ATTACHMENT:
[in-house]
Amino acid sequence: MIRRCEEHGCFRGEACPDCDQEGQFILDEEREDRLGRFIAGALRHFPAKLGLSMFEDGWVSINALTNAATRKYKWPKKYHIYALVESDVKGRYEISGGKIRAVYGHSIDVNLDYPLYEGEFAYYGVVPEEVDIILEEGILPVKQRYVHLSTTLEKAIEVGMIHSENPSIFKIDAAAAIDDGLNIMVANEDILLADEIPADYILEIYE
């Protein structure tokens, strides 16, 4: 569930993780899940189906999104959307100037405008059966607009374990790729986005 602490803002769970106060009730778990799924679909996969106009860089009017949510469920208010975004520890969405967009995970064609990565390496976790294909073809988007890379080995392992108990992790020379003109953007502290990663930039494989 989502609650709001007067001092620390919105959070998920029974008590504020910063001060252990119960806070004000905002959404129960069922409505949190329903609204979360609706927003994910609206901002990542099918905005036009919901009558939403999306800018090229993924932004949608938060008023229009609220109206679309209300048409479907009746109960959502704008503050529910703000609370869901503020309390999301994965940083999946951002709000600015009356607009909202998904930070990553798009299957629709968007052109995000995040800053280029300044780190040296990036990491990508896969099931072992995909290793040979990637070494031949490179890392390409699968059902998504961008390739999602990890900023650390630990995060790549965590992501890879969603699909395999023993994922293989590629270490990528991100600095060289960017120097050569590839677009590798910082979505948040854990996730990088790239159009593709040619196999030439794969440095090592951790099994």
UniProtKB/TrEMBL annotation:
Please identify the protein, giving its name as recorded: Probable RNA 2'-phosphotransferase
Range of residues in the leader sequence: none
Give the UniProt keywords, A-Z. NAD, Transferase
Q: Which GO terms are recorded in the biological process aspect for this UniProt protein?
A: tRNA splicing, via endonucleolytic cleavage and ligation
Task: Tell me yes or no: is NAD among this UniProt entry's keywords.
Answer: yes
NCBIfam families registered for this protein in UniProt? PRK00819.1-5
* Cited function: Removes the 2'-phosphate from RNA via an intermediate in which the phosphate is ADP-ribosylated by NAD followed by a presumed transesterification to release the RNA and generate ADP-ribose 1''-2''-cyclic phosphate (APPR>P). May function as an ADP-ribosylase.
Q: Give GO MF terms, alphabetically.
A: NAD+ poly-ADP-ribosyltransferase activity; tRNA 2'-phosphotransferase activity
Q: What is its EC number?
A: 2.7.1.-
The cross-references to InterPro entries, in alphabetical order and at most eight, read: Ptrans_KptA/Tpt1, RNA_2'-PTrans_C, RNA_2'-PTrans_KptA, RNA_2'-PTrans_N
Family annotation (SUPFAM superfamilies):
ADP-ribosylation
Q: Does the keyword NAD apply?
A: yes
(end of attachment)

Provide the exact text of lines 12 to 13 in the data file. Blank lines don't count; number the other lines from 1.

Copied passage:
NCBIfam families registered for this protein in UniProt? PRK00819.1-5
* Cited function: Removes the 2'-phosphate from RNA via an intermediate in which the phosphate is ADP-ribosylated by NAD followed by a presumed transesterification to release the RNA and generate ADP-ribose 1''-2''-cyclic phosphate (APPR>P). May function as an ADP-ribosylase.